So Many Insane Plays – Murderer’s Row: A Power Nine Vintage Tournament Report

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Monday, July 27th – At a recent Power 9 Vintage tournament, Stephen Menendian rocked a powerful Grow deck. Unfortunately, while his deck choice as solid, his technical play was lacking. In today’s exhaustive report, Stephen takes us through his mistakes piece by piece…

Here is the deck I decided to play at the ICBM Xtreme Games Power 9 Tournament, Day 1:

What is this deck about?

This is an extremely efficient and synergistic tempo-control deck. It has most of the hallmarks of a typical Vintage control deck: counterspells like Mana Drain and Force of Will, and efficient Blue draw spells and tutoring like Ancestral Recall and Merchant Scroll. It wins the game by attacking with Tarmogoyf, or Tinkering for Inkwell Leviathan.

The deck’s three distinguishing features are 1) the use of Dark Confidant as an unrestricted draw engine, 2) a highly disruptive suite of spells, including 8 Duress effects, and 3) an unusually light manabase for virtual card advantage.

Dark Confidant generates greater card advantage the longer the game lasts. The average mana cost of the deck is about 1.53, so you can expect about 1.5 damage per turn with Dark Confidant. This may seem like a lot, but when you factor in the card advantage, tempo advantage, and damage that Dark Confidant inflicts on your opponent, it is a huge net gain. Long before you would die to Dark Confidant, you will either win the game or find Sensei’s Divining Top and be able to control the amount of damage you suffer from Dark Confidant. But in the meantime, Dark Confidant brings you closer to victory.

By itself, Dark Confidant can be slow in Vintage. One of the ways in which this deck abuses Dark Confidant and allows the Dark Confidant engine to generate overwhelming card advantage is by running 8 Duress effects. Duress allows you to slow the game down, trading Duress for your opponent’s best spell. The sheer quantity of Duresses allows you to consistently slow the game down, creating a tempo and card advantage with Bob. Eventually, instead of attacking with just Dark Confidant, you will be able to play a Tarmogoyf to finish off your opponent or Tinker up Inkwell Leviathan for the same effect. All of the deck’s tutors will help you find the Tinker or Yawgmoth’s Will to generate additional card advantage to replay spells you’ve already cast or to find Time Walk to finish your opponent off.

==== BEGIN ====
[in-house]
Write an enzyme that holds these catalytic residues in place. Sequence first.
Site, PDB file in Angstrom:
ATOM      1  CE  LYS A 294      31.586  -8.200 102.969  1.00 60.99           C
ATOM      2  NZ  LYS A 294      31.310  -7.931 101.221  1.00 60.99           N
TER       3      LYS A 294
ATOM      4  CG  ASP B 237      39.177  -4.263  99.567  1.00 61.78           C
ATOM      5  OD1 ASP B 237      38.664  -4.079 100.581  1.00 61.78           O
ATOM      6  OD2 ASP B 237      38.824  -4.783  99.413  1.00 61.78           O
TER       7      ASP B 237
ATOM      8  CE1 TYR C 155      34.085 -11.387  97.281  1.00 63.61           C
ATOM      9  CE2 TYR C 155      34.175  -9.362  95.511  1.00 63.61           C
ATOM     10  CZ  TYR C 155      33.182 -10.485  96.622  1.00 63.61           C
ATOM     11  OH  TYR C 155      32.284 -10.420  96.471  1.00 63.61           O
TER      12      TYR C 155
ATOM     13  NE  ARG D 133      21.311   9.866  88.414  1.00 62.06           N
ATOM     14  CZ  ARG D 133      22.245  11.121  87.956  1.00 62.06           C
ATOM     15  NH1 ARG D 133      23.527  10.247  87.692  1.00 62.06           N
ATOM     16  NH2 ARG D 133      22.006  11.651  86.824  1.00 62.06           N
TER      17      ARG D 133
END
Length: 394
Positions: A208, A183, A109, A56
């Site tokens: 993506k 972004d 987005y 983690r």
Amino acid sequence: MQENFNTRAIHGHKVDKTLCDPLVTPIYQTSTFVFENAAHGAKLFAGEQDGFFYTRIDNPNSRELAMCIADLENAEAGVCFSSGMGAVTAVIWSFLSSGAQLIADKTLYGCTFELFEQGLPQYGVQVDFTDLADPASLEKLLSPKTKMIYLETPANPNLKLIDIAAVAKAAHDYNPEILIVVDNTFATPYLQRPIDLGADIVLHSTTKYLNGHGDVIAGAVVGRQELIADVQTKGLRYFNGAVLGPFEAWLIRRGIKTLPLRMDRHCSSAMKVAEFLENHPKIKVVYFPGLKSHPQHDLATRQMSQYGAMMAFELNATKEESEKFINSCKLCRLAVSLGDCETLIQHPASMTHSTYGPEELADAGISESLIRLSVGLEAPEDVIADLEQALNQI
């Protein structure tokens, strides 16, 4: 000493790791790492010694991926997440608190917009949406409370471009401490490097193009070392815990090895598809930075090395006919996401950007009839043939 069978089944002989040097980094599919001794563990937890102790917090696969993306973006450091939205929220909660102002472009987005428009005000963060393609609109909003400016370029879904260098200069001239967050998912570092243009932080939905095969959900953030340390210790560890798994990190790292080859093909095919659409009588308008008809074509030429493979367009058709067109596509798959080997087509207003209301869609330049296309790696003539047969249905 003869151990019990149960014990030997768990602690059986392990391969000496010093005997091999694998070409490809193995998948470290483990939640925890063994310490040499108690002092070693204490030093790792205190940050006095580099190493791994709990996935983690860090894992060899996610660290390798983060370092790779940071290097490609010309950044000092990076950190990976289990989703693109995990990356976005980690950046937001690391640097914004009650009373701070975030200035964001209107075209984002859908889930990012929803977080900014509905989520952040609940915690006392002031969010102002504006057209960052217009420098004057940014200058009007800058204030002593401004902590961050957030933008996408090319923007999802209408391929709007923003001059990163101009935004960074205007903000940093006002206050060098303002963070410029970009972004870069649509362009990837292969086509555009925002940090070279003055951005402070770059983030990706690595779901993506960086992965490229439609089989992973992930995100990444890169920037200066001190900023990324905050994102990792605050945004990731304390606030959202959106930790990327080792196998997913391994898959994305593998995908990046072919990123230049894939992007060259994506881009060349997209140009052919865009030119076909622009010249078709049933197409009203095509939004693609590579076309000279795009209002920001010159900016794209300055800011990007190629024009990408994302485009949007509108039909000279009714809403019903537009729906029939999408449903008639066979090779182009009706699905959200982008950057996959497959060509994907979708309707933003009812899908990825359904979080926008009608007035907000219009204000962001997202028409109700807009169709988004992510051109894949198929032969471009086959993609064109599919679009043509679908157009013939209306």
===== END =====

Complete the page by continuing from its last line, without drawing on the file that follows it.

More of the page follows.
The light manabase, only 18 cards, allows you to draw more spells over the course of the game than your opponent. Most Vintage decks run 24 or more mana sources. Some run as many as 28-30. If Duresses strip away your opponent’s best spells on a one-for-one basis, then you will be able to play more spells than your opponent over the course of the game. They will be more likely to topdeck mana while you topdeck useful spells. Also, Dark Confidant helps you find additional lands so that you can survive on a light manabase.

One of the ways in which you can get away with a light manabase is by running 4 Sleight of Hand. Four Sleight of Hand allows you to run only 18 mana and still find the mana you need. If you have a one land hand, you can keep it with Sleight of Hand, which will dig you closer to more mana. Also, the 8 Duress effects, by slowing down the game, supports a lighter manabase, since a hand with few mana sources but a bunch of Duresses will buy you time to draw into more lands. There are only two spells in the deck that cost 3 or more mana in the deck: Tinker and Yawgmoth’s Will. These two spells are spells you play before you are about to win the game. The Mana Drains also help you play these spells.

It is helpful to think of this deck as a Dark Confidant deck that tries to maximize synergies with Bob. However, this deck has another game plan as well. The deck runs Imperial Seal, Mystical Tutor, Merchant Scroll, Demonic Tutor, and Vampiric Tutor to generate early card and tempo advantage with Ancestral Recall. Because of the 8 Duresses, 4 Force of Wills, Misdirections, and 3 Mana Drains, this deck has very little difficulty getting its Ancestral Recall to resolve. Once it’s Ancestral Recall has resolved, it has tools to generate additional card advantage, such as Gush, Regrowth on Ancestral Recall, Dark Confidant, or Yawgmoth’s Will to replay Ancestral to draw more cards. The deck parlays this card advantage into board and tempo advantage which it uses to kill the opponent eventually with Leviathan or Goyfs.